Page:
Dreaming in Colors
Colors: A Book about a Magazine about the Rest of the WorldConcept, editing, art direction and design by Sebastiano Mastroeni, Alessandro Cavallini, Andrea Cavallini with Myrian El Assil<br> Damiani / Fabrica, £35 / €45 (hardback, 240pp)<br>
In the ‘about’ section on the Colors website, you can see a sepia-tone photograph of the co-creators of Colors magazine – creative director / editor-in-chief Tibor Kalman wearing a priest’s cassock, and photographer Oliviero Toscani, who conceived the magazine, in a nun’s habit. Toscani is captured mid-jump, locked arm-in-arm with Kalman, who is solemnly supporting him. It is an apt metaphor, more or less, for their made-in-heaven-and-hell relationship. It took a devilish mastermind to convince the co-founder of an international sweater company, Luciano Benetton, to invest in and publish a daring magazine that not only did not promote his goods but, thanks to the duo’s diabolical energy, alienated some Benetton customers and franchise holders through attacks on religion, capitalism, the military, medicine, power and more.
The first issue, Fall / Winter 1991-02, was a radical departure from both corporate magazines and newsstand mags. The name Colors referred, of course, to the clothing brand United Colors of Benetton. Toscani was hired to promote the brand as a progressive, multicultural clothing company through provocative imagery that emphasised co-existence among disparate peoples, groups and doctrines. The cover photograph of a baby greeting the world seconds after leaving the womb, umbilical cord still attached, established the taboo-busting humanistic tone of this ‘magazine about the rest of the world’. Anyone who recalled the 1965 Life magazine cover photo of a fetus in the womb might have appreciated the continuity, the hint that this was a new form of Life. Colors has never achieved Life’s circulation, but for three decades it has stuck to the original premise of covering in numerous languages, through high-quality imagery, the impact of globalisation – economic, political, technological and ideological – on major and minor cultures. I doubt that media giant Vice could exist if not for Colors.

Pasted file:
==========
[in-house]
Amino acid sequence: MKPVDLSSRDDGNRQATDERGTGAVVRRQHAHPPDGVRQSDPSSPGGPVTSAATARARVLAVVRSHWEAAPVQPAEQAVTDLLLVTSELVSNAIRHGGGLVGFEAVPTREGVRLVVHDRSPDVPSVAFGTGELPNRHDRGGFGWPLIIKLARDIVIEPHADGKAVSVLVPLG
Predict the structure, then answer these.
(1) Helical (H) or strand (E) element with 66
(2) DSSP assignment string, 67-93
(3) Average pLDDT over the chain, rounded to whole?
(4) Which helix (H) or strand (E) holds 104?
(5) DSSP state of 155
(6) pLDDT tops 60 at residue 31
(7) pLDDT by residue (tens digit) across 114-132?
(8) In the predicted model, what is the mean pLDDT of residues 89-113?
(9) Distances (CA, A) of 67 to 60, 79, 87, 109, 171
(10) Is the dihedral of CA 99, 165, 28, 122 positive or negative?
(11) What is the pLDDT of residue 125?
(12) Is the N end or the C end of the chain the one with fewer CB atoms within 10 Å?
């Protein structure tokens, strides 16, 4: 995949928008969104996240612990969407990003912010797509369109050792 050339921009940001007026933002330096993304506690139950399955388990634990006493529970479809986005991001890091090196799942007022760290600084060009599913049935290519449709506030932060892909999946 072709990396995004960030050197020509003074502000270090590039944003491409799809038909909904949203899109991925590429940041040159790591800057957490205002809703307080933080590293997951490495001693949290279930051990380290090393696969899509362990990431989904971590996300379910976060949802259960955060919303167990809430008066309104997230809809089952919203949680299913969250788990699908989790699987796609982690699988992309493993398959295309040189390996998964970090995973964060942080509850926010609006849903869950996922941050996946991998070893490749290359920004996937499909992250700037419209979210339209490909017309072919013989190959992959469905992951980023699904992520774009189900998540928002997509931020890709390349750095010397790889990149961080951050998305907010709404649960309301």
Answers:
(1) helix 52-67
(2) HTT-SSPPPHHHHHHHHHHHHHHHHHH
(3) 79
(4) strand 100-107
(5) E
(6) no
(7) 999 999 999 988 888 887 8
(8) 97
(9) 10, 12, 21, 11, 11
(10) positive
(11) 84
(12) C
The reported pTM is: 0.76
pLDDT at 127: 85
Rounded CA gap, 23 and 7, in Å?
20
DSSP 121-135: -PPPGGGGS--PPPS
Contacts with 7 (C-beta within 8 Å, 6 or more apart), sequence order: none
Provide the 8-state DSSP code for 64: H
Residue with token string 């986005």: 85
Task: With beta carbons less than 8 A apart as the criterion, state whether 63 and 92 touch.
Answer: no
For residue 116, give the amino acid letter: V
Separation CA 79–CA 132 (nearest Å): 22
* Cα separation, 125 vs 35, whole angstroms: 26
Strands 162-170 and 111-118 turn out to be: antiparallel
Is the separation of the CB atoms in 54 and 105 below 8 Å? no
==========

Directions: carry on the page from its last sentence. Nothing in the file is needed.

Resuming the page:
Now comes Colors: A Book about a Magazine about the Rest of the World. It’s a striking package, but if you are looking to be re-inspired by or introduced to those early, radical Toscani / Kalman issues, you will be disappointed: as far as I can tell, the Kalman issues are almost entirely absent. Yet, to be fair, the book is not a reprint of back issues but a remixed anthology of common Colors themes, including guns, love and Elvis. The landmark Kalman issues, including the explosive numbers on ‘Race’ (no. 4), with images of a black Queen Elizabeth, black Pope John Paul and black Arnold Schwarzenegger, and ‘AIDS’ (no. 7), with a portrait of Ronald Reagan disfigured by Kaposi’s sarcoma, have been reprinted elsewhere, but their absence leaves a hole at the heart of this book.